The other day, an MSNBC producer asked me, “What is the connection between this coal-mine disaster in West Virginia and geoengineering the planet?”

The question is not as strange as it sounds.

A few years ago, I wrote a book called Big Coal: The Dirty Secret Behind America’s Energy Future. Among other things, I spent a lot of time underground with coal miners and learned a lot about the dangers and problems of mining coal. I also learned a lot about Don “I’m a poor guy with a lot of money” Blankenship, the CEO of Massey Energy, which owns the mine where at least 25 men died as the result of a methane explosion last Monday. Because of that experience, I’m often asked to comment when there is breaking news about a mine disaster.

My new book, which is about geoengineering the earth’s climate, would seem to be entirely unrelated. But in fact — as I tried to explain to the MSNBC producer — it really isn’t.

For one thing, writing Big Coal convinced me of the need to take geoengineering seriously. After four years of researching and writing about the coal industry, it became very clear to me that the world is not going to stop burning coal any time soon. Nor is carbon capture and sequestration — the only technology on the horizon that might allow us to burn coal without melting the planet — ever likely to amount to much (too complicated, too expensive, the industry itself too moribund to ever change).

Upshot? Climate calamities ahead. Geoengineering might indeed be a foolish idea, but we live in foolish times.

But there are other connections between the West Virginia mine disaster and geoengineering.

Both are creations of America’s failed energy policies. The fact that the U.S. — the richest, most technologically sophisticated nation on the planet — is still burning more than a billion tons of black rocks every year to generate electricity is a political outrage. Yes, burning coal generates cheap power. But as everyone reading this knows, coal is only “cheap” because the industry uses its muscle to make sure that the true costs — the broken bodies of coal miners, the blasted mountains of Appalachia, the asthmatic children who live near coal plants, the superheated planet — are not factored into the price. If they were, we’d be burning a lot less coal, and we might be a lot further along in the development of cleaner, more sustainable energy sources.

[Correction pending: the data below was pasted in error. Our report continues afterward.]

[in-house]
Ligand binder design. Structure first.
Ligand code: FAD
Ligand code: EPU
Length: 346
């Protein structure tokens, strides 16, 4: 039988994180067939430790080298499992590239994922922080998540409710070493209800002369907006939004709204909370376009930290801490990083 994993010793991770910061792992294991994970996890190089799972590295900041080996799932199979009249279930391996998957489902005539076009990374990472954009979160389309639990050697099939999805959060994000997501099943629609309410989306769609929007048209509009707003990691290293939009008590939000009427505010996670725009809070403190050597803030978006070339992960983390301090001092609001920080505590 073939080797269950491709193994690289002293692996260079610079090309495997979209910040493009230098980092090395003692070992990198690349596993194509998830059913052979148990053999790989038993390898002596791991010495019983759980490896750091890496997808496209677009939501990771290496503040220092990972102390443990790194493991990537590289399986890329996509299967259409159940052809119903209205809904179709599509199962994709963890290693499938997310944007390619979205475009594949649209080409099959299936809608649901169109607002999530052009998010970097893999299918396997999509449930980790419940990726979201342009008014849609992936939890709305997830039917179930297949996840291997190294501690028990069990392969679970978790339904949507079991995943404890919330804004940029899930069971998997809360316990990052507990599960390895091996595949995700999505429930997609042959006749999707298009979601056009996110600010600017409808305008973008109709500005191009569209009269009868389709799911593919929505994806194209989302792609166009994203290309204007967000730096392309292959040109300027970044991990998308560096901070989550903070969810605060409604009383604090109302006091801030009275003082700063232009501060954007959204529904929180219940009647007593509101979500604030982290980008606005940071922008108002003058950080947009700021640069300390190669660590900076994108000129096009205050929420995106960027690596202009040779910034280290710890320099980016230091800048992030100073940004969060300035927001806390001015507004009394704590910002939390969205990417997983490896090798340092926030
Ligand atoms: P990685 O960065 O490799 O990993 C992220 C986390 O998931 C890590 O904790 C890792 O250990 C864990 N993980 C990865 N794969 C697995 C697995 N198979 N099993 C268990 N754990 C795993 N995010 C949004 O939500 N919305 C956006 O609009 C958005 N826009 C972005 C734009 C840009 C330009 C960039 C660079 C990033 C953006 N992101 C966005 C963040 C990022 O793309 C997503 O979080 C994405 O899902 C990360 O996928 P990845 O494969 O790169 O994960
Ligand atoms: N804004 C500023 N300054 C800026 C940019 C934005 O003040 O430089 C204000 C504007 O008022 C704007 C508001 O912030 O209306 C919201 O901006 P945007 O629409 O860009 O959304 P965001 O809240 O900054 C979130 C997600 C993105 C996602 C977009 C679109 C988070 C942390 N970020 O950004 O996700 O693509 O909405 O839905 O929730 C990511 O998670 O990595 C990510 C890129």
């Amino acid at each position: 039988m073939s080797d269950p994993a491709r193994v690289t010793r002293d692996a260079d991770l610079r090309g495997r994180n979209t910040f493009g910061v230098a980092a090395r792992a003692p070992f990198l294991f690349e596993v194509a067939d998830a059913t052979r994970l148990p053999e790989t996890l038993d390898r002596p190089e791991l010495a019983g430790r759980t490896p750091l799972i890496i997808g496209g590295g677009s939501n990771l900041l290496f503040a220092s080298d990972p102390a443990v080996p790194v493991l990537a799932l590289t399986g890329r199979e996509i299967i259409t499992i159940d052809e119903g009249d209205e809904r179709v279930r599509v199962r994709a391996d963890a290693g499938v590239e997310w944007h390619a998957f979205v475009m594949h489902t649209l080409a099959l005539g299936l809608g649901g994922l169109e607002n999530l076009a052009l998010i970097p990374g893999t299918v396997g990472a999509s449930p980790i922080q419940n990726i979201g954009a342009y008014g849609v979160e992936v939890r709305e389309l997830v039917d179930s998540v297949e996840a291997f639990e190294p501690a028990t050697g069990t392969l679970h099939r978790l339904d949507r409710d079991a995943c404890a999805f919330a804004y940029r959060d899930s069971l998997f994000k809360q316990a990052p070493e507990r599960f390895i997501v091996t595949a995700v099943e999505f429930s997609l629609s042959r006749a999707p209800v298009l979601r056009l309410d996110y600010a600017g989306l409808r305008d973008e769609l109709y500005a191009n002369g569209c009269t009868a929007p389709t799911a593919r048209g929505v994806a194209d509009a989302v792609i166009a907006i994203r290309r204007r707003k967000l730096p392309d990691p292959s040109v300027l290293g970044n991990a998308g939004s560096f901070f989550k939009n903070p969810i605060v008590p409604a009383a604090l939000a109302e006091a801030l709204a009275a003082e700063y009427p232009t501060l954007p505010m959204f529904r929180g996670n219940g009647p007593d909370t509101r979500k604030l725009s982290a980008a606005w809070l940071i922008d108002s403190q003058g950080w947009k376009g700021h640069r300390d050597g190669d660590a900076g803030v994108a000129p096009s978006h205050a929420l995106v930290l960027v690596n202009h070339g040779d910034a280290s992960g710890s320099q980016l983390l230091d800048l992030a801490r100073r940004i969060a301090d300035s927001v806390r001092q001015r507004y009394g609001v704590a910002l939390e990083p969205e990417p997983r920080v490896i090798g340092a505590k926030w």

And of course if we were burning less coal, we probably wouldn’t be talking about geoengineering at all. In this sense, geoengineering is a technological fix for a broken political system.

Another connection between the West Virginia coal disaster and geoengineering: Who eats the risk?

One of the big fears about geoengineering is that it will allow rich, technologically sophisticated nations to essentially call the shots when it comes to deciding what kind of climate we live in. It’s not a big leap to assume that these nations will want to optimize the climate for their benefit.

And if we starting monkeying around with the climate and something goes wrong — oops, sorry, didn’t mean to turn off your monsoons! — who do you think is going to suffer most? The people in the Sahel or the people in Sausalito?

It’s a similar dynamic in the coal industry. Don Blankenship doesn’t have to worry about getting blown up in a methane explosion. He flies around in a black helicopter, lives on the top a West Virginia mountain — one of the few in the region that still has a top — and cashed in stock worth nearly $4 million this year alone. If he can push his workers to work longer hours, cut corners, and run more coal, well, hey, that’s how capitalism works! This is a commodity business, after all. Coal is coal, whether there’s blood on it or not.

Book cover.

All the risks, of course, are borne by the workers in the mine. The men and women who labor in the noisy darkness for eight, ten, twelve hours a day, most of whom are just trying to feed their families. They know they are replaceable, that if they open their mouths about the dangerous conditions they see or the fears they have about a mine starting to go bad, they will find themselves stocking yo-yos at Wal-Mart for seven bucks an hour.

So they shut their mouths about the outrages they see and keep working. They eat the risk. And the great tragedy is, sometimes they end up dead. 


Editor’s note: This is the second in a series of posts from Jeff Goodell, author of How to Cool the Planet: Geoengineering and the Audacious Quest to Fix Earth’s Climate. Here’s his first post. And here’s an interview with Goodell about his book, and an earlier interview about Big Coal.